Dying folk art fest concludes - Performances by artistes from across state
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- Published 28.03.11
|Performances on at the Dying Folk Art Festival at Utkal Mandap in Bhubaneswar. Pictures by Ashwinee Pati|
Bhubaneswar, March 27: Stellar performances at the Dying Folk Art Festival blew away controversies over arrangements made by the organisers Orissa Sangeet Natak Akademi.
The festival showcased performing arts from different parts of the state that are struggling for survival concluded on Saturday.
While there was displeasure among a section of the audience about the late commencement of the event on the first day, some others were upset about banners having ignored the use of Oriya completely.
“We saw the artistes waiting in line at the entrance of the auditorium to receive the culture minister. Rather, the artistes being guests here should have been welcomed,” said Sanjukta Biswal, who had come to watch the performance. While the fascinating dhumpa sangeet from Ganjam district was the highlight of Friday evening, on the concluding day it was Keonjhar’s rod puppet, better known as kathi kandhei, that cast a spell on the audience.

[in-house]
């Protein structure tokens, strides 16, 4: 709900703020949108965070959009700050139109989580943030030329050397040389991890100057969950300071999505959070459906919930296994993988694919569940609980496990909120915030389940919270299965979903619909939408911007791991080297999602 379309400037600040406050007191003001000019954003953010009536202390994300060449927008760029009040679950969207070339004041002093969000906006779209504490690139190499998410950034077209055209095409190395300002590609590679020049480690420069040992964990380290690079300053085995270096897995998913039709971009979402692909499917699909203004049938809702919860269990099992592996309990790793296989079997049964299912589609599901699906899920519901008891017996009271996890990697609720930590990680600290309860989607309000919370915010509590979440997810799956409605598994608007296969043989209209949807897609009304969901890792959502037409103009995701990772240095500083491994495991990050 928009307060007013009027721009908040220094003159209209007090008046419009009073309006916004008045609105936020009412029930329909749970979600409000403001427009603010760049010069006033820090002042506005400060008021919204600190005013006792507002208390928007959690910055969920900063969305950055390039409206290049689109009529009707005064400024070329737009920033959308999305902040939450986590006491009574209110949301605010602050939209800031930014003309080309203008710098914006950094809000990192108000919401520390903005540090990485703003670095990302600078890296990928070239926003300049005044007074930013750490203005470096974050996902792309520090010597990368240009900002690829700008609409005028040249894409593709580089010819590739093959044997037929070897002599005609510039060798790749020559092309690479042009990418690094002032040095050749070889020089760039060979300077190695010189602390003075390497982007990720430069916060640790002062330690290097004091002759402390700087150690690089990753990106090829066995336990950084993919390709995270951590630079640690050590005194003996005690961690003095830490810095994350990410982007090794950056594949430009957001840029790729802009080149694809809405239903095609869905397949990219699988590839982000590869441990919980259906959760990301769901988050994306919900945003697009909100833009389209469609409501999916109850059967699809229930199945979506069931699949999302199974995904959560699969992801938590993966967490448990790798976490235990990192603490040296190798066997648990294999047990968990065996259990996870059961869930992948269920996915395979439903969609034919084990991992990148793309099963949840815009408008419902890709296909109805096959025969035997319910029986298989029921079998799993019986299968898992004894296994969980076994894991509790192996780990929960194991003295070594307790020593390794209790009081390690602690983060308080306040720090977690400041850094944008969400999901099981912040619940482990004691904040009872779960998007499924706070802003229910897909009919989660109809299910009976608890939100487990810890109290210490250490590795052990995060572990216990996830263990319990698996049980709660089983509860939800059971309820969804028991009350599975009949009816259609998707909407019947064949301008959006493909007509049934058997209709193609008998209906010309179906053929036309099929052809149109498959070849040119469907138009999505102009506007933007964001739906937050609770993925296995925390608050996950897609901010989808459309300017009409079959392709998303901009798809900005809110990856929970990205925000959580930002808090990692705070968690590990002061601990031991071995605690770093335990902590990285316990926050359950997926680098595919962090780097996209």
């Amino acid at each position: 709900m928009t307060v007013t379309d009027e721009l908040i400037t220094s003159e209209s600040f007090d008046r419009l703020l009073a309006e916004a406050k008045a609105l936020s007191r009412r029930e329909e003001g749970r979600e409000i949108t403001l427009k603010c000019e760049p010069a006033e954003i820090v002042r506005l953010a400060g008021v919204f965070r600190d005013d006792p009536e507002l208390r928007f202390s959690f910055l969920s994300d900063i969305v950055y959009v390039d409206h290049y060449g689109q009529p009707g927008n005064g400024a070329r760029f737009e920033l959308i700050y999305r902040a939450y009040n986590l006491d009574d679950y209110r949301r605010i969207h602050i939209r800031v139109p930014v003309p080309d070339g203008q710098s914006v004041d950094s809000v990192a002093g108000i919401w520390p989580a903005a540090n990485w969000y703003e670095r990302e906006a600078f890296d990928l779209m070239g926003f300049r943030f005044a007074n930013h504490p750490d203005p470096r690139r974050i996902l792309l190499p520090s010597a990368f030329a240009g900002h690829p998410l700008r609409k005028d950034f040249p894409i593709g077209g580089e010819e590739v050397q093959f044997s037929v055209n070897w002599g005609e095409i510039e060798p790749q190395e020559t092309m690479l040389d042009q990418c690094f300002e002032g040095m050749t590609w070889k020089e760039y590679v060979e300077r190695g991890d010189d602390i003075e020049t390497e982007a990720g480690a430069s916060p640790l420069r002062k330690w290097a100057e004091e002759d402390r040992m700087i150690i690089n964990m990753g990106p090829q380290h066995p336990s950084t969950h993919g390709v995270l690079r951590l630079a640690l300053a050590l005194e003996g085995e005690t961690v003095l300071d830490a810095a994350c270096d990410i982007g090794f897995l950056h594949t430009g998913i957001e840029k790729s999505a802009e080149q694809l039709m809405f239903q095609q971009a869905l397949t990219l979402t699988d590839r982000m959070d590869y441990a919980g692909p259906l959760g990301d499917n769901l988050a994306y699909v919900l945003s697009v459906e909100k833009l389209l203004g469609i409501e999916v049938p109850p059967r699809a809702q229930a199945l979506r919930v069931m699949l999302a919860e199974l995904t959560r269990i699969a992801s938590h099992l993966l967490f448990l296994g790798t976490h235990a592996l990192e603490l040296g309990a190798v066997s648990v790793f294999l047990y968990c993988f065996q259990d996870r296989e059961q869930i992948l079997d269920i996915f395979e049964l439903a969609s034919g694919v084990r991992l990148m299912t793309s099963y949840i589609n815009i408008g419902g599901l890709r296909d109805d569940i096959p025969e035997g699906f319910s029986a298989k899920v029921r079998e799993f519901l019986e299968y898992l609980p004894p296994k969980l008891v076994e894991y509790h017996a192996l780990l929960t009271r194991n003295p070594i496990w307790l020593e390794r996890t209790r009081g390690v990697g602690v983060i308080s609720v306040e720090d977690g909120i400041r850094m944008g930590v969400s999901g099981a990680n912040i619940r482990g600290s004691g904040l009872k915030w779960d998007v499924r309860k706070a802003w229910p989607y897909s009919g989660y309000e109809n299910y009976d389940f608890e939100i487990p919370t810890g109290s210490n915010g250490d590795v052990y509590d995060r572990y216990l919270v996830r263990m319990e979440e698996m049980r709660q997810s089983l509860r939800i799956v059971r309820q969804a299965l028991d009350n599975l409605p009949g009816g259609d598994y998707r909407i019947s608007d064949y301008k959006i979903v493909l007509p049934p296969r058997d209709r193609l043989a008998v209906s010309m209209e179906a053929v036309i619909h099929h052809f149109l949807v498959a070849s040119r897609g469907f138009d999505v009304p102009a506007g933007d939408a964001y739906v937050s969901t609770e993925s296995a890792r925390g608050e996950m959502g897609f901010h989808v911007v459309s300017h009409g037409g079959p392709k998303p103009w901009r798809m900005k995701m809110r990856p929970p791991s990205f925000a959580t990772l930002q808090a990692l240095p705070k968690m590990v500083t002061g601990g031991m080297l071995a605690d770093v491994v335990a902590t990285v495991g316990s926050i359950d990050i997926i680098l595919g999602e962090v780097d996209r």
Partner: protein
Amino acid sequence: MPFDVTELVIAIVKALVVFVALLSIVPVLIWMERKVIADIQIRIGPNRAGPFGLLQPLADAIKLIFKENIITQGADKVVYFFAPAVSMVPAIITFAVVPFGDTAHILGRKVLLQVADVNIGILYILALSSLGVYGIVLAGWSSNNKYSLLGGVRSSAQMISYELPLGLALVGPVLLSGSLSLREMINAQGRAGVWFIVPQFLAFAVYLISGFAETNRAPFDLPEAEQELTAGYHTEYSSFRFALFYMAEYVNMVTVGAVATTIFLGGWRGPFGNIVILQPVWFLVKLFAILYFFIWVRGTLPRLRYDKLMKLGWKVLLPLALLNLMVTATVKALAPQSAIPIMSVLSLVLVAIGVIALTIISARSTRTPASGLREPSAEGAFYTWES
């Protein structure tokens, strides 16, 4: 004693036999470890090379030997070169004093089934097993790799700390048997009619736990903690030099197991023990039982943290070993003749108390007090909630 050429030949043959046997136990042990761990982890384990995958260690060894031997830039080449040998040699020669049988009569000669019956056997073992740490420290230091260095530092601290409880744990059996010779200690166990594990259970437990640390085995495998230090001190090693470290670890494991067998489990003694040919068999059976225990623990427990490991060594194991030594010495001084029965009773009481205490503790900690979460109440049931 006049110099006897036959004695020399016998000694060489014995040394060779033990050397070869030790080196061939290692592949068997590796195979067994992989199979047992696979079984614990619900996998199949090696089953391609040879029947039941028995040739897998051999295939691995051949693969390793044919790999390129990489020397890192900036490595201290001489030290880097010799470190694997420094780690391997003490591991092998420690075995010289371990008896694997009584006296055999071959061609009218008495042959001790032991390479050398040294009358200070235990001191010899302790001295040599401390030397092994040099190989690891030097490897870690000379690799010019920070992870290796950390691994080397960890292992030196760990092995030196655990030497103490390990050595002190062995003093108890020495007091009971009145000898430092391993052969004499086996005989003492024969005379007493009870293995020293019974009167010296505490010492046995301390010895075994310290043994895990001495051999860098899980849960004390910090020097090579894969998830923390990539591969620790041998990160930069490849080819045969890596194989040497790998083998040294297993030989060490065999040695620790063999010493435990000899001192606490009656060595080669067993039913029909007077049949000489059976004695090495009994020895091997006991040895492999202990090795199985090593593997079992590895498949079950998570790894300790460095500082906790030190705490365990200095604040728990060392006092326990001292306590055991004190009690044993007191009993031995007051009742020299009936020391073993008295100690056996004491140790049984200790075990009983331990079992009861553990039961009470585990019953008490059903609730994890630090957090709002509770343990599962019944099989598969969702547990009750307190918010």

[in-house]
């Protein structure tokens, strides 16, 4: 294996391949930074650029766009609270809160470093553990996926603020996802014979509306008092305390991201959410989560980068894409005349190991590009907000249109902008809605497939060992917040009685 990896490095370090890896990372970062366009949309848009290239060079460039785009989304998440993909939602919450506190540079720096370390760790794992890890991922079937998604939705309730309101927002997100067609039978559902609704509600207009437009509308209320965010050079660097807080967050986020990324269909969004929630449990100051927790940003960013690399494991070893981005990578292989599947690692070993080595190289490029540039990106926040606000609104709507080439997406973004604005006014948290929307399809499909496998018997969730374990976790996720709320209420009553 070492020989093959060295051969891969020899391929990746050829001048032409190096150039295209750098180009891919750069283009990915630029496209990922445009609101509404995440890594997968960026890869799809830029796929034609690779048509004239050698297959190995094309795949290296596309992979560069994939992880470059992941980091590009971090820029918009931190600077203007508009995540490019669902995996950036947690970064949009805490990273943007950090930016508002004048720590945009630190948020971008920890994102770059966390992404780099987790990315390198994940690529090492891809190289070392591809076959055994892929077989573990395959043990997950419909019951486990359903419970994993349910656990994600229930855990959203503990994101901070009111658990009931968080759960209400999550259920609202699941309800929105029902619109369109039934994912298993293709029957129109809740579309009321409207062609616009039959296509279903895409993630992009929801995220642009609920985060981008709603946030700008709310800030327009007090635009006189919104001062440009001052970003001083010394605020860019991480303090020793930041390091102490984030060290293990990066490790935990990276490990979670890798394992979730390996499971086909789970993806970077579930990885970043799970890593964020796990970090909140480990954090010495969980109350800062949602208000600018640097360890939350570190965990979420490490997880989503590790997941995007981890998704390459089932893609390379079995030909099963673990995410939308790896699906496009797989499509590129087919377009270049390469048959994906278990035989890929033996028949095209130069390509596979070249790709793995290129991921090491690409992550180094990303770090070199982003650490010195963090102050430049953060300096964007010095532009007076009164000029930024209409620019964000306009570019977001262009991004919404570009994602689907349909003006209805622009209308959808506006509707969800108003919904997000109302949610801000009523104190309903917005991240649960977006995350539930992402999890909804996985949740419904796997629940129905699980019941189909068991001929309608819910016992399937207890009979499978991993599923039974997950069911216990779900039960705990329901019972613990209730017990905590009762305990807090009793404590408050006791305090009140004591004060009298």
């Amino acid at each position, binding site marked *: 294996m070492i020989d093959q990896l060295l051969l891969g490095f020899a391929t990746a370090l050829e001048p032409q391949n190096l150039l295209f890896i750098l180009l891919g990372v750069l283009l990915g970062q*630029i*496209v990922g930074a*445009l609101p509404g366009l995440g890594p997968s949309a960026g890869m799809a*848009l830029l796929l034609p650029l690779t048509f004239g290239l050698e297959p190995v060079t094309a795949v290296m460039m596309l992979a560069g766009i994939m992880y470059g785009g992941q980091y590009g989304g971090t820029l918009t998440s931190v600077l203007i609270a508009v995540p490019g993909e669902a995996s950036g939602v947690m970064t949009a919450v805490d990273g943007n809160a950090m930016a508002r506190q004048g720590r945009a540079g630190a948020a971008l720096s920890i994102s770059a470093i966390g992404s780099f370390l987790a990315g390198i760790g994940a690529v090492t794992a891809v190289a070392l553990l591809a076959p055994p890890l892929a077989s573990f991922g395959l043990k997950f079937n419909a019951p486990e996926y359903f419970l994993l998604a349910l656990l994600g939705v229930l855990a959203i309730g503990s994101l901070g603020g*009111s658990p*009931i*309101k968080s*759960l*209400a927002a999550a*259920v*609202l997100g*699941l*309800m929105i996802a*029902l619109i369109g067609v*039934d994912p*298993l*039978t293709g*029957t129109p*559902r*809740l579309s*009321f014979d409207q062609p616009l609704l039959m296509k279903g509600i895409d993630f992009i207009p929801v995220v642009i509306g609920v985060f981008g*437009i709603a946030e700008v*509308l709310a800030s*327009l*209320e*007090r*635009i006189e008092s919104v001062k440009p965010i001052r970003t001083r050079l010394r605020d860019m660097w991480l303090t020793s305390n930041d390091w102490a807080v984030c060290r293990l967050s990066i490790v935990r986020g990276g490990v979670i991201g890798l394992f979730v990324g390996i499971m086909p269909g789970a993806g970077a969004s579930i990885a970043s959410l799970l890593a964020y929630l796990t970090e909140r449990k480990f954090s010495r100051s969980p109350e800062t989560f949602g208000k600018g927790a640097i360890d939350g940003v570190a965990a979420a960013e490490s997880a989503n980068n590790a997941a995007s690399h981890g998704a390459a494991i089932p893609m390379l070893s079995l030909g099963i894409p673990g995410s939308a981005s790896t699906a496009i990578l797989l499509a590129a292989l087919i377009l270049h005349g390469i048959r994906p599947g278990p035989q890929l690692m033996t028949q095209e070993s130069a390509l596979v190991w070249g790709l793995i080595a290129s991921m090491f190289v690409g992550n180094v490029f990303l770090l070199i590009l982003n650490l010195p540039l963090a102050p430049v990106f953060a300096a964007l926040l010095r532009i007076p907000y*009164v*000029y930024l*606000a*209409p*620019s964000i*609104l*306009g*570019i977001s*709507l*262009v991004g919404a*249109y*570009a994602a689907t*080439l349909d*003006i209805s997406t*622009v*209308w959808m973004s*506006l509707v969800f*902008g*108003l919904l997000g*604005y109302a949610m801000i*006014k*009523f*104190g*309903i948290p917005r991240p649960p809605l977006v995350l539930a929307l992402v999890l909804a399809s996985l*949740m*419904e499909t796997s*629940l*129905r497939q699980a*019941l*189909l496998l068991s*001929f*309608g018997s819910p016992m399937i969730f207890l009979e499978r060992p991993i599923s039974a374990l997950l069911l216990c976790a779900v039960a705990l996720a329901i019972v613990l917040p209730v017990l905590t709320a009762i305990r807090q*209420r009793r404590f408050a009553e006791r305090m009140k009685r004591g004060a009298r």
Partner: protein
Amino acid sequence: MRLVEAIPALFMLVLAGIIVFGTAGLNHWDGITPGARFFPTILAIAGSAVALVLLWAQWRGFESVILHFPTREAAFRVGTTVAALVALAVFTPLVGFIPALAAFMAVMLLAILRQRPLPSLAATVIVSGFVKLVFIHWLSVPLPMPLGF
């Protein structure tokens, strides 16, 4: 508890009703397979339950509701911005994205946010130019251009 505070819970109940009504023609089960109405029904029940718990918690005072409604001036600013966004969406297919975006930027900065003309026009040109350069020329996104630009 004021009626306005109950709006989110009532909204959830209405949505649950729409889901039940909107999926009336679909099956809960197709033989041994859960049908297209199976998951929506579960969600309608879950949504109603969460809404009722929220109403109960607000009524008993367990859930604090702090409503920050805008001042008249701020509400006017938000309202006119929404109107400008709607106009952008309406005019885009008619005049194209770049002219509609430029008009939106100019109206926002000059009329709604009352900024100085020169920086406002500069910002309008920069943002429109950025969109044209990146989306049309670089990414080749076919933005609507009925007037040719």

The dhumpa music was played by a troupe of 10 musicians on different percussion instruments. The main instrument was the cylindrical hollow bamboo, wrapped in colourful zari. Four musicians played the instrument with sticks to produce a peculiar beat that created foot-tapping music.
Kathi kandhei by Magunicharan Kuanr was a play by the beautifully carved rodpuppets that were dressed and painted. A performance from an episode of Ramayana, was filled with humour and folk music. Among other folk arts performed at the festival on the last two days was Sabda Swarapata by artistes from Bargarh district where young girls wearing costumes similar to Odissi performed a unique dance form on Sanskrit shlokas or hymns. Geeti natya or folk dance drama was captivating with the artistes staging a portion from the Mahabharata. Accompanied with music and songs, the drama was performed impressively.
Similarly, the well-known Rama Leela, that too has been pushed to the dark by modern options of entertainment, was a nostalgic experience for many viewers. The story of Lord Rama was performed by male artistes, who played the female characters.
“I remember having watched Rama Leela as a kid in Cuttack. But today, it has simply vanished,” recalled Debi Prasad. “It used to go on all night. But the restrictions for sound pollution and the lack of support for the art form has spelled doom for it,” he said.